Dolphin Mom Adopts Baby Whale And Takes Care Of It For Three Years

Dolphins are incredible creatures, there is no denying it. Back in 2014, researchers in French Polynesia noted that there was a bottlenose dolphin caring for an unfamiliar-looking animal. Originally, researchers assumed that it was the dolphin’s baby, however, they soon realized they were mistaken. The mystery animal in question turned out to be a melon-headed whale. They came to that conclusion after noting the difference in the facial features of both creatures – the bottlenose mother had a long narrow beak, while the whale had a short and blunt snout.

“We were really excited to be able to witness such a rare phenomenon,” stated study lead author Pamela Carzon.

Carzon also served as the scientific leader of the Groupe d’Étude des Mammifères Marins (GEMM) de Polynésie, based out in Tiputa, French Polynesia.

Adoption within the animal kingdom is not as uncommon as one might assume. However, typically-speaking, most adoptions occur within related animals of the same species and genus. At the time, in 2006, the only interspecies adoption on record occurred when a group of capuchins caring for a baby marmoset.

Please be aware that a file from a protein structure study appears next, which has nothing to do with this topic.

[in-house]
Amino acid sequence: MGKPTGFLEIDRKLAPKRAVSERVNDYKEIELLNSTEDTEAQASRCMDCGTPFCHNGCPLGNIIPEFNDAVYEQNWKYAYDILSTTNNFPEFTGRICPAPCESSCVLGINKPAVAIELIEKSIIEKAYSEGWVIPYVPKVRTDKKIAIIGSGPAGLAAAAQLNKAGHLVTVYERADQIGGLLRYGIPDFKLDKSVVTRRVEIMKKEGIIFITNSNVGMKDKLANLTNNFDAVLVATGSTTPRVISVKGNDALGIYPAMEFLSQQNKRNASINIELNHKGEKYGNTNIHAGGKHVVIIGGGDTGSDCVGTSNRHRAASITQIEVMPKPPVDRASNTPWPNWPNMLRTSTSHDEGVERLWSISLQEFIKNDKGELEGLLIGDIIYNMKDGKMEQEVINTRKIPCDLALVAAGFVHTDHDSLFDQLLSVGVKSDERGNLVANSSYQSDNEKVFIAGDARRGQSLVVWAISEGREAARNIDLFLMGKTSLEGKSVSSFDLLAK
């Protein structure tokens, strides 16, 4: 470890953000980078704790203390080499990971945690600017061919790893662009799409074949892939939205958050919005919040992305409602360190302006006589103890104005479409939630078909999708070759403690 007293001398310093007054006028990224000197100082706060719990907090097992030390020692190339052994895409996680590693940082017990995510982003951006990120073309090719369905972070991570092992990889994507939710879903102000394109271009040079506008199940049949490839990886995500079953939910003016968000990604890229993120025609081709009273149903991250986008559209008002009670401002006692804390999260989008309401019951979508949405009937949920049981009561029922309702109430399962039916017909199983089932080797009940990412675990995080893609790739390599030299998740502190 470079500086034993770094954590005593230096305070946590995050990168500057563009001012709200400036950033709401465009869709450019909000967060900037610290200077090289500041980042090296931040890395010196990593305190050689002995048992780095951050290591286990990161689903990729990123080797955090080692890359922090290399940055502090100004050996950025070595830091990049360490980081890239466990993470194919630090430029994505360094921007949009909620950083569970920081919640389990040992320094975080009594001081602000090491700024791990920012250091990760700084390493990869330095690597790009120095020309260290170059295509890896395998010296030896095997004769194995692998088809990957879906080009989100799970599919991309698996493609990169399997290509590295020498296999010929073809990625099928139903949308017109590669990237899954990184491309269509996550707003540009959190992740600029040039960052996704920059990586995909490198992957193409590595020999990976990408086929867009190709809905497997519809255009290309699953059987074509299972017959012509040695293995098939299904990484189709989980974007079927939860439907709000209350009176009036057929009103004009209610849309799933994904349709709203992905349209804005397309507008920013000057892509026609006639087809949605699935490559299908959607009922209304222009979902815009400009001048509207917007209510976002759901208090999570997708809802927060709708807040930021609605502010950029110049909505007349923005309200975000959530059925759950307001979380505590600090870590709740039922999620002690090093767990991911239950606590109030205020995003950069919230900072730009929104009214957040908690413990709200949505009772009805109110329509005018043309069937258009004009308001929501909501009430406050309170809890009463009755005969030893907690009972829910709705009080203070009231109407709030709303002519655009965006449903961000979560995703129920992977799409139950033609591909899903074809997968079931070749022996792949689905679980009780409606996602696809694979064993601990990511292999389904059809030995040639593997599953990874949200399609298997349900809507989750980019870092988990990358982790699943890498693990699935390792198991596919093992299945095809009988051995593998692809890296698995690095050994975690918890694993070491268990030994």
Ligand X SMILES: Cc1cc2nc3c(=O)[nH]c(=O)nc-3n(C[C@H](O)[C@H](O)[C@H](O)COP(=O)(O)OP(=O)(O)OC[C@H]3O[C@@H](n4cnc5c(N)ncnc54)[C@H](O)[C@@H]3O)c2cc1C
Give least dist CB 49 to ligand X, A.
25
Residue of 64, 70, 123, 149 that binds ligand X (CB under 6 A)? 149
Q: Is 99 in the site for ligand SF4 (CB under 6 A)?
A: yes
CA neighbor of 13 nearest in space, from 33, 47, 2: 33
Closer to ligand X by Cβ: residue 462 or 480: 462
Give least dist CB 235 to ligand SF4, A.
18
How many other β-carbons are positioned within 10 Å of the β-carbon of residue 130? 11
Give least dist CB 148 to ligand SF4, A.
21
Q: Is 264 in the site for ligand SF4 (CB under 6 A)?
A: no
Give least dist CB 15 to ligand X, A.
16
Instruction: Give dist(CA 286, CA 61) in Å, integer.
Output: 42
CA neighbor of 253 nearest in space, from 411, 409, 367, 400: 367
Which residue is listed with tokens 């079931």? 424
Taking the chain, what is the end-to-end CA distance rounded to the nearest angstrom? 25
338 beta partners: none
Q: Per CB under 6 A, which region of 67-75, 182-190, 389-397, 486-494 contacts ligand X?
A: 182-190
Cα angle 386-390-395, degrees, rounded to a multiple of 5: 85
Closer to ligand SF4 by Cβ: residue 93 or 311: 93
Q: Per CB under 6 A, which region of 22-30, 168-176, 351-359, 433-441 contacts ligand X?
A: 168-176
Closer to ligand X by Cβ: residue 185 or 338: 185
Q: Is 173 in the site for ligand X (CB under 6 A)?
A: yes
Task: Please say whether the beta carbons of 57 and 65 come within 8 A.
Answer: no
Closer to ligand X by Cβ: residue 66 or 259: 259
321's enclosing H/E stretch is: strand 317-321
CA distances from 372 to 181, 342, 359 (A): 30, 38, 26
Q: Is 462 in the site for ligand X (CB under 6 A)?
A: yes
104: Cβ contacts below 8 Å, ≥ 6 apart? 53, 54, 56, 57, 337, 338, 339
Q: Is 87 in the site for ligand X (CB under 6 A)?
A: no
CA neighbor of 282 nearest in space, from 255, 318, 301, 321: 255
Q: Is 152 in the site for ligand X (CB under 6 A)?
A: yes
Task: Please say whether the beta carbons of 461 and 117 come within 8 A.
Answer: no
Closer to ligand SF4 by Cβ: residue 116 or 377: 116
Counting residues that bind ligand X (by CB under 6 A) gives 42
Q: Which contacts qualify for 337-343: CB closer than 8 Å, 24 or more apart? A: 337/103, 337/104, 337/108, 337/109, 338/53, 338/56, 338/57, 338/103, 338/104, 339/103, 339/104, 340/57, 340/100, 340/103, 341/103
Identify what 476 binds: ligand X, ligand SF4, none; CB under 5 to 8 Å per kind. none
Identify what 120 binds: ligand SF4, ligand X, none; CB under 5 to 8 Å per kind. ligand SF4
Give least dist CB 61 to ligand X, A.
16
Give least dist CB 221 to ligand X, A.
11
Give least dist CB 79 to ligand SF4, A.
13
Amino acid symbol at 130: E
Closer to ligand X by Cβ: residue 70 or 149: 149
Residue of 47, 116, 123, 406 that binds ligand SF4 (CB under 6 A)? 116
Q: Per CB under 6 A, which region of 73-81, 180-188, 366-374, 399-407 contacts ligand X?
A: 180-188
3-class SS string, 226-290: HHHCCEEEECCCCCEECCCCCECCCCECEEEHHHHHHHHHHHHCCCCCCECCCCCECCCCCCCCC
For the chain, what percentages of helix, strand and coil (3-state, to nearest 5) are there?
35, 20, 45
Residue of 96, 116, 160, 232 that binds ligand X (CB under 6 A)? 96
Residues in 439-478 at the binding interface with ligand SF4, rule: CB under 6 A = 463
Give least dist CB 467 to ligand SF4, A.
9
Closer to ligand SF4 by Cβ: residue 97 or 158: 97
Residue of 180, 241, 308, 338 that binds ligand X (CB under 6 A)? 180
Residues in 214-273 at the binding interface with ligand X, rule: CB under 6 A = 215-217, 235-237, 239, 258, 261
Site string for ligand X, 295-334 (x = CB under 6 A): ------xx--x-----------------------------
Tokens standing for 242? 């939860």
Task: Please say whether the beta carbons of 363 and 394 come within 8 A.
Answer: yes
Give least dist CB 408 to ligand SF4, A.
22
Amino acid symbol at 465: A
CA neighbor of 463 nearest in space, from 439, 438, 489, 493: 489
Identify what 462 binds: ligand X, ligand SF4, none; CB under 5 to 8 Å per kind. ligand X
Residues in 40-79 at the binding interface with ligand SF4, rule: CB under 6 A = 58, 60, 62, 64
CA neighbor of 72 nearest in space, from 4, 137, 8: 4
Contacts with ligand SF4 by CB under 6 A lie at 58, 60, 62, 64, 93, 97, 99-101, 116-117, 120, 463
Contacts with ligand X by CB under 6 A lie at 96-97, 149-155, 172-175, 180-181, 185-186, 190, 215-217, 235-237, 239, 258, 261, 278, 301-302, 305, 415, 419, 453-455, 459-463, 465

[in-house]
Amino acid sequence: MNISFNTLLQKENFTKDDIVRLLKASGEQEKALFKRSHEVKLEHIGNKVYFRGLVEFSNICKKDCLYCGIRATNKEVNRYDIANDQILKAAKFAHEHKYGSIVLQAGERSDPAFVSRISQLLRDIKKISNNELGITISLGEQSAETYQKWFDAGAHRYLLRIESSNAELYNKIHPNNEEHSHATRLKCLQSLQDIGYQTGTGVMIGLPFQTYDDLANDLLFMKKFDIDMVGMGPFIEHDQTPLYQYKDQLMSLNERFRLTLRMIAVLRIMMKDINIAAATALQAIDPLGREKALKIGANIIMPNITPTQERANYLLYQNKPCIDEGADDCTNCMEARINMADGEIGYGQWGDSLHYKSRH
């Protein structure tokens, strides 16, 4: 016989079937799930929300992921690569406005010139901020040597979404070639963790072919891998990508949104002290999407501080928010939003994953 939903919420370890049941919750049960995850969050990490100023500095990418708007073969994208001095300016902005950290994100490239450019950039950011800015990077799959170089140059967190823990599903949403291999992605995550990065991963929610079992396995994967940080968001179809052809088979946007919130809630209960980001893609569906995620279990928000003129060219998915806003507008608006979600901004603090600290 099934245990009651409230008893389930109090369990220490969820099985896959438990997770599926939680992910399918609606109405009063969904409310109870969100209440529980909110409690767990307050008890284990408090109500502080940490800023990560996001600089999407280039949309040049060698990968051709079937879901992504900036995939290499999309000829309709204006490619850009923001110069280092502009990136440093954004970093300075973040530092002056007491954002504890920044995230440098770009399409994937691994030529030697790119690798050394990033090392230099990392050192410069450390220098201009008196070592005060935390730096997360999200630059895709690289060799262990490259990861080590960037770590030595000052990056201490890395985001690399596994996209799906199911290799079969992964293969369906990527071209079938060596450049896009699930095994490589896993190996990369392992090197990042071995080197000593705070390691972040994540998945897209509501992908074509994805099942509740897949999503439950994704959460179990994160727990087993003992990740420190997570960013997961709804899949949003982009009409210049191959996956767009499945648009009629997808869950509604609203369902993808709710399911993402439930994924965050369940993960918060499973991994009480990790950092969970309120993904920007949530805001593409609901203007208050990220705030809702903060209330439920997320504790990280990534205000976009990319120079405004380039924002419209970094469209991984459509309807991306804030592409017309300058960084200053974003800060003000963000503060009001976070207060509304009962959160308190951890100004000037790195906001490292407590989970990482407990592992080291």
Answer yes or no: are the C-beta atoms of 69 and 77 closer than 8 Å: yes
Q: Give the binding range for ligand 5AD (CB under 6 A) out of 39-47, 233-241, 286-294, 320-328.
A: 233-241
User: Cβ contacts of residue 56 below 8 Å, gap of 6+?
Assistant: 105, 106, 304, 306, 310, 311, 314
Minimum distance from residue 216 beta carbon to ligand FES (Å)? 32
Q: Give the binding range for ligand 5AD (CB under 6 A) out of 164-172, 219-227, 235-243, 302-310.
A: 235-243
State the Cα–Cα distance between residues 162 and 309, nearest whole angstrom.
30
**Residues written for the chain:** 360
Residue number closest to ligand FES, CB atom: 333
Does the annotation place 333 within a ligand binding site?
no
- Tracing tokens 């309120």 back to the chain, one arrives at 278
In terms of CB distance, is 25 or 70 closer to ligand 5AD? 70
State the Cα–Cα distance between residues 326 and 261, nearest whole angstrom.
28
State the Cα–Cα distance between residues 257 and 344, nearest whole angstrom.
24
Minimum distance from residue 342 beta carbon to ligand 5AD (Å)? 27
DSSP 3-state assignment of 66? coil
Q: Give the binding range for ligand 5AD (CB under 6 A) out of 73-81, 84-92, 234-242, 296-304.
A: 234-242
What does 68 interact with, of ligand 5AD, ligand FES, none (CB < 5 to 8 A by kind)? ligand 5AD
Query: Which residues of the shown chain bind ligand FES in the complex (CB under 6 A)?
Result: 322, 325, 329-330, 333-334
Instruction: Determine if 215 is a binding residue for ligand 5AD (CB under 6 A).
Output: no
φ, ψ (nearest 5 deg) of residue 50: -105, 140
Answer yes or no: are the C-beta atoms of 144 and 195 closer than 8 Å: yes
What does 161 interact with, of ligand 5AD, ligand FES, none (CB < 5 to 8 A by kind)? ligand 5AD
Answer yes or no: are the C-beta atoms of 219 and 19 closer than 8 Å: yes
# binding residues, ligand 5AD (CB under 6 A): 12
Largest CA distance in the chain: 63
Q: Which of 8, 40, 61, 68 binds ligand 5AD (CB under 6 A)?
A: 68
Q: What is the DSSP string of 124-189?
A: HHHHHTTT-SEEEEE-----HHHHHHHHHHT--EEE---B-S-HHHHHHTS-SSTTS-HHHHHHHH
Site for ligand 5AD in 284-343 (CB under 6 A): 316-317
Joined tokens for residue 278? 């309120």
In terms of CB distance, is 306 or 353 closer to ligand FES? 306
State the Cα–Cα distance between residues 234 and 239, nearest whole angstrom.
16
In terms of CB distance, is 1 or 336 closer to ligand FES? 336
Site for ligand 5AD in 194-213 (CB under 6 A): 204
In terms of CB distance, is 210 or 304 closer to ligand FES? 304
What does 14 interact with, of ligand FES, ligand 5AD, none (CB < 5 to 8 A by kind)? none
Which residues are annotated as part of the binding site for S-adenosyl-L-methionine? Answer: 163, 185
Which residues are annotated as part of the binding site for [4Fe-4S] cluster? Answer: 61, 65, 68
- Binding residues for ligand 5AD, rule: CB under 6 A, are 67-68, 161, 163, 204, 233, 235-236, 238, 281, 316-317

The University of São Paulo primatologist Patrícia Izar observed the phenomenon and said, “At the time, we were really, really astonished.”

Photo: Pixabay/Free-Photos

As researchers learned, it wasn’t easy integrating the whale into the family of bottlenose dolphins. The little melon-head had to get accustomed to bottlenose habits. Occasionally, the whale would even shove his adopted sibling out of the way in order to gain more attention from his adopted mother! Bit rude, there, buddy. The scientists also observed the dolphin nursing the whale, which to researchers meant that the dolphin was actually facilitating a bond. The whale eventually settled into the bottlenose way of life and would be seen playing with the other young dolphins of the group – leaping in and out of the water like the rest of them. How cute!

Scientists were incredibly amazed by the adoption and concluded that perhaps this particular bottlenose dolphin was just a very kind and tolerant creature. The dolphin had already displayed an acceptance for scuba divers – a trait that differentiated her from plenty of other bottlenose dolphins who typically show aggression towards other species sharing their space.

You can watch the video below:

Anastasia is an American writer and journalist living in Dublin, Ireland. Her Twitter is @AnastasiaArell5.

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